Media reaction: 8 June 2021

Europe’s biggest coal operation to begin shutdown, Polish authorities announce

Environmental lawyers ClientEarth have reacted as Polish authorities announce Europe’s biggest coal complex, Bełchatów, will start to wind up operations.

Under the plan, lignite-burning Bełchatów’s emissions are set to reduce by 80% by 2030 – the equivalent of cancelling a year’s worth of emissions from Croatia.

Ilona Jędrasik, fossil fuel infrastructure lead in ClientEarth’s Warsaw office, said: “The wind is changing – when you see Europe’s biggest coal operation heading into retirement, it’s clear an era has ended.

“Coal has long been stalling, and profitability is collapsing. The most important thing now is to secure a realistic future for those who have been employed by the coal industry up till now, and plan for a low-emissions future. The Polish Government owes this to Polish people and to Europe.”

The Bełchatów power plant is roughly five times the size of an average coal plant and burns a tonne of coal every second.

Two mines currently feed Bełchatów, and another, Złoczew, is planned – though it faces strong opposition. The ŁódĽ region’s Territorial Just Transition Plan, which contains the closure pathway, states that the Belchatow mine will close by 2026, and the Szczercow mine by 2038.

However, the Złoczew mine, which would prompt the relocation of 3,000 people, is still on the table and owner PGE has given no indication they have stopped chasing the licence for it.

Jędrasik said: “We need to see firm proof that PGE is wrapping things up comprehensively. The best and most profitable way forward for the company would be to close 11 of the 12 units by 2030 – not between 2030 and 2035 as the plan currently says. And we need to see all attempts to proceed with the destructive Złoczew mine abandoned. Bełchatów is on the path to closure and this is now set in stone.”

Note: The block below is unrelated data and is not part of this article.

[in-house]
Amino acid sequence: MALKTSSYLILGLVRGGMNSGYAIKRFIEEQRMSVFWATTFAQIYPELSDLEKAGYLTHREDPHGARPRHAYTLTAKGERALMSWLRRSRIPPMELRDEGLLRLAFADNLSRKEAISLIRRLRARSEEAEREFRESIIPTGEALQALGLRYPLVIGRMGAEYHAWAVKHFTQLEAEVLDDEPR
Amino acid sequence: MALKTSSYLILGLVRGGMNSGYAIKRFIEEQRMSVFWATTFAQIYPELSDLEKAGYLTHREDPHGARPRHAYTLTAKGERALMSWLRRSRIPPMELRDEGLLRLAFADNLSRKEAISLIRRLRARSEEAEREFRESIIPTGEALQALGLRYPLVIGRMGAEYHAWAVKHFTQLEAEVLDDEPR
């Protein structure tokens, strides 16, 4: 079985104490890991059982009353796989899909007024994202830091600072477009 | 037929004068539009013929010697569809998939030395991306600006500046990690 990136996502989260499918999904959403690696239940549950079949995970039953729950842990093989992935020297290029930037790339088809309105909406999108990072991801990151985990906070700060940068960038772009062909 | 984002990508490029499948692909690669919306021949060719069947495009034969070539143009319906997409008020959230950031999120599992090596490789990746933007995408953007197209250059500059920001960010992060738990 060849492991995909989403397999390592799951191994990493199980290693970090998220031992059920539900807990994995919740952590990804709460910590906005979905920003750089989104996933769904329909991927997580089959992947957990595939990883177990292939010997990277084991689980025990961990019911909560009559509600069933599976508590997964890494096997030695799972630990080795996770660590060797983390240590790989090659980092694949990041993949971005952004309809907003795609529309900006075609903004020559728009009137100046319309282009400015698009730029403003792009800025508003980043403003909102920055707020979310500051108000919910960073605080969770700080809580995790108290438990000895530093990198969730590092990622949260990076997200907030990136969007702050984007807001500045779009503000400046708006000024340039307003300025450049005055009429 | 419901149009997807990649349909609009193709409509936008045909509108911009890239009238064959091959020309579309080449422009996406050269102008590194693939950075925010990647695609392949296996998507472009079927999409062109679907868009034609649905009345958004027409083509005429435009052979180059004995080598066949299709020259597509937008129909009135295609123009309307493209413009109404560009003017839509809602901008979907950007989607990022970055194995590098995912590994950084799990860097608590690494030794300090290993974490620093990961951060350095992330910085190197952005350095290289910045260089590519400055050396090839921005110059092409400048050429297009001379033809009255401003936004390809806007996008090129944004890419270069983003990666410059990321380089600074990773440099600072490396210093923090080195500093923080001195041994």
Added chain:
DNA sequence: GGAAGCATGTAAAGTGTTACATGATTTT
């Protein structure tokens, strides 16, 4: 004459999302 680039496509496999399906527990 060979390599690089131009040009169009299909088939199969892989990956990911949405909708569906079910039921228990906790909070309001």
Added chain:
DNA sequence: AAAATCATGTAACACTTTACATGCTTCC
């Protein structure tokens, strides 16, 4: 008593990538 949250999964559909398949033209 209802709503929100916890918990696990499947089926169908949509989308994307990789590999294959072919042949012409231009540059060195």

Notes to editors:

The closure pathway for the Bełchatów coal complex is contained in the Territorial Just Transition Plan, published by the authorities in ŁódĽ. The plan is now under public consultation.

Regions that do not demonstrate a plan to exit coal risk not benefiting from the European Commission’s multibillion Euro Just Transition Fund.

ClientEarth took legal action in 2019 to secure a closure date for Bełchatów power plant. A judge ruled in 2020 that the NGO and the company should work together to find a solution to cut emissions from the plant.

About ClientEarth

ClientEarth is a non-profit organisation that uses the law to create systemic change that protects the Earth for – and with – its inhabitants. We are tackling climate change, protecting nature and stopping pollution, with partners and citizens around the globe. We hold industry and governments to account, and defend everyone’s right to a healthy world. From our offices in Europe, Asia and the USA we shape, implement and enforce the law, to build a future for our planet in which people and nature can thrive together.